Cleveland has been more or less controlled by Democrats and Democratic, liberal, progressive ideas for more than 100 years, starting with Mayor Tom L. Johnson. Those ideas have done nothing to save the shedding of more than half the city's population since 1950. I tried to build interest in libertarian ideas, but who am I, right? So, it's exciting that Drew Carey, one of Cleveland's most prominent favorite sons, who also left town for better opportunities, is the face of this Reason documentary. I don't think Cleveland would give it a serious look if it weren't Drew Carey.
On Monday, the Cleveland Plain Dealer put the series on the front page, above the fold. Here's an online version's highlights:
Cleveland's woes -- population loss, failing schools, lack of economic spark -- are no joke to comedian and native son Drew Carey, who advocates for less government, more competition and lower taxes to bring the city back.
Carey took time off from his gig as host of TV's "The Price Is Right" to help produce and star in a series of Web reports detailing Cleveland's woes and a number of proposed fixes that will be launched next week on reason.tv, the Internet arm of the nonpartisan, libertarian-leaning Reason Foundation, on whose board Carey serves.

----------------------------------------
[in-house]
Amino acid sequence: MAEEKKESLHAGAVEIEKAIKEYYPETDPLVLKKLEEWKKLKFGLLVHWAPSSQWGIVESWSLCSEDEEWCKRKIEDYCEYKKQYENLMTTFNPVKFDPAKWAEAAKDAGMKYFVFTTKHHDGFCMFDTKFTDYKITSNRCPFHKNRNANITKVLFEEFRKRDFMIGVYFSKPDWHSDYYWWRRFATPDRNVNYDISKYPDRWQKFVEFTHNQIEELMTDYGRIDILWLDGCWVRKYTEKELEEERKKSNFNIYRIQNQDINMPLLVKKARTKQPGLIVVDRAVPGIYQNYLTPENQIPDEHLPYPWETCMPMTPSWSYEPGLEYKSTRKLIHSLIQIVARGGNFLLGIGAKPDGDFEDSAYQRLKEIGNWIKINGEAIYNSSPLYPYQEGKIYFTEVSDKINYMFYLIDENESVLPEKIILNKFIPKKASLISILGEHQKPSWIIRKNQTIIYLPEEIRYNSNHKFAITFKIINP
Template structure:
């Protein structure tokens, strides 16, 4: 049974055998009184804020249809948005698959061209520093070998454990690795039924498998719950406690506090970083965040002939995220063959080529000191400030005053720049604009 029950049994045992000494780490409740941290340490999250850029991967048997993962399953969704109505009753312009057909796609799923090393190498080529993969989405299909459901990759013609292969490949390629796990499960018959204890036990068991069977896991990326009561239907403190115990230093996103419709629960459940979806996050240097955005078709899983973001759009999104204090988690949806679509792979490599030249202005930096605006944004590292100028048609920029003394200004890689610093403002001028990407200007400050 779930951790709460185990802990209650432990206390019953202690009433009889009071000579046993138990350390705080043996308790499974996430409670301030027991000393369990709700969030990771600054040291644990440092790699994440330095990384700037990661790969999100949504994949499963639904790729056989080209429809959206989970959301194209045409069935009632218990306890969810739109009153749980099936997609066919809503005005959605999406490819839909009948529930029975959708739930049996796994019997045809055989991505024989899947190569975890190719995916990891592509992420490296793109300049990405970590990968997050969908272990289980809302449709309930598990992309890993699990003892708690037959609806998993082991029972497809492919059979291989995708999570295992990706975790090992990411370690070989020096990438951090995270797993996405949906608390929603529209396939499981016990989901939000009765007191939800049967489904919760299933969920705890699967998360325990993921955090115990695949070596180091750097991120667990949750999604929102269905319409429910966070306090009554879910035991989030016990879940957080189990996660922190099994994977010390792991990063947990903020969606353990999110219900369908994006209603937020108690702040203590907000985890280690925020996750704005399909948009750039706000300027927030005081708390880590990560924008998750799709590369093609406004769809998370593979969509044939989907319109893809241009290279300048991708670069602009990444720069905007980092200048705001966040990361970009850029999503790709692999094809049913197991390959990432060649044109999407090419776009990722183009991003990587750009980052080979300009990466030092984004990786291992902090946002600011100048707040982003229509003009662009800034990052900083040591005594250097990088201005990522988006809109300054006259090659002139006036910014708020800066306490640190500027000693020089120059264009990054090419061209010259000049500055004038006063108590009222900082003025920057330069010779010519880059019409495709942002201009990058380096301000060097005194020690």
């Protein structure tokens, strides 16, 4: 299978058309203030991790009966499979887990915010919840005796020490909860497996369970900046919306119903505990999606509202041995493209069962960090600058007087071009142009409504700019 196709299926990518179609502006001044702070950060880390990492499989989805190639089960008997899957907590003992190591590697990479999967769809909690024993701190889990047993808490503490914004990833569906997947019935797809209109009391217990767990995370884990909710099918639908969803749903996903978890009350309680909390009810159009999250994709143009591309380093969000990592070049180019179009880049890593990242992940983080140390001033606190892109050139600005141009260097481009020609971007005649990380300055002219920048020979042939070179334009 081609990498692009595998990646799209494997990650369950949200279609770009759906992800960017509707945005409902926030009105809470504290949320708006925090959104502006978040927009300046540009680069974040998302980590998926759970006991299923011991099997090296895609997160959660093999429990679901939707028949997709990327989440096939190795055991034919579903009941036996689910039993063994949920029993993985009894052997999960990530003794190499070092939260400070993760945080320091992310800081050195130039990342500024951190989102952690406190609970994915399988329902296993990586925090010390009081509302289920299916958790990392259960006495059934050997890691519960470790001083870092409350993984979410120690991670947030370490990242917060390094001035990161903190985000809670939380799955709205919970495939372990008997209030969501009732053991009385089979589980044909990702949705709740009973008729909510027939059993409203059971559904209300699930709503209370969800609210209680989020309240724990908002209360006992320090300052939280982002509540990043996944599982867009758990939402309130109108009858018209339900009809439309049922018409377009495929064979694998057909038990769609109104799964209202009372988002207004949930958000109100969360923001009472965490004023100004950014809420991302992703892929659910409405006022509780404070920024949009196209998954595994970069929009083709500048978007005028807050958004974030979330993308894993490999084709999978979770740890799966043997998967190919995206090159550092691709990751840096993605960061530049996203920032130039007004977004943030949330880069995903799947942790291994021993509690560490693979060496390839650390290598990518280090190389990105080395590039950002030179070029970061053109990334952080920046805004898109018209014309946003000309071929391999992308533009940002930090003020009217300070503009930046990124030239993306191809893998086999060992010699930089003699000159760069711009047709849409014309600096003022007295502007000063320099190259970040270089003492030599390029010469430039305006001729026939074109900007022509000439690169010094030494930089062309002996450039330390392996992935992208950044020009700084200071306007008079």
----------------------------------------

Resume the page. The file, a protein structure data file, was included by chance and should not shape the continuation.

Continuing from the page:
Carey established reason.tv three years ago and has developed a number of short Web documentaries to highlight government's heavy-handedness. Now, the lens turns to his hometown with a six-part series called "Reason Saves Cleveland." It comes on the heels of Cleveland's "most miserable city" ranking by Forbes.com.
The series, reported and produced by reason.tv's editor Nick Gillespie, explores problems in Cleveland and other rust belt cities and offers solutions using examples from other cities -- such as Houston -- that are enjoying success and population growth.
Bottom line? As the Web site's motto reads, "Free minds and free markets." In other words, move out of the way, government. In a town like Cleveland, with big government bureaucracies, cumbersome regulations and old-school unions, the series argues, it's no wonder times are so tough.
Now, will Cleveland listen? Hard to say, especially in light of repeating failing policy for 100+ years. When I lived there, I always found myself muttering, "What will it take?" Maybe this is the thing. I hope so.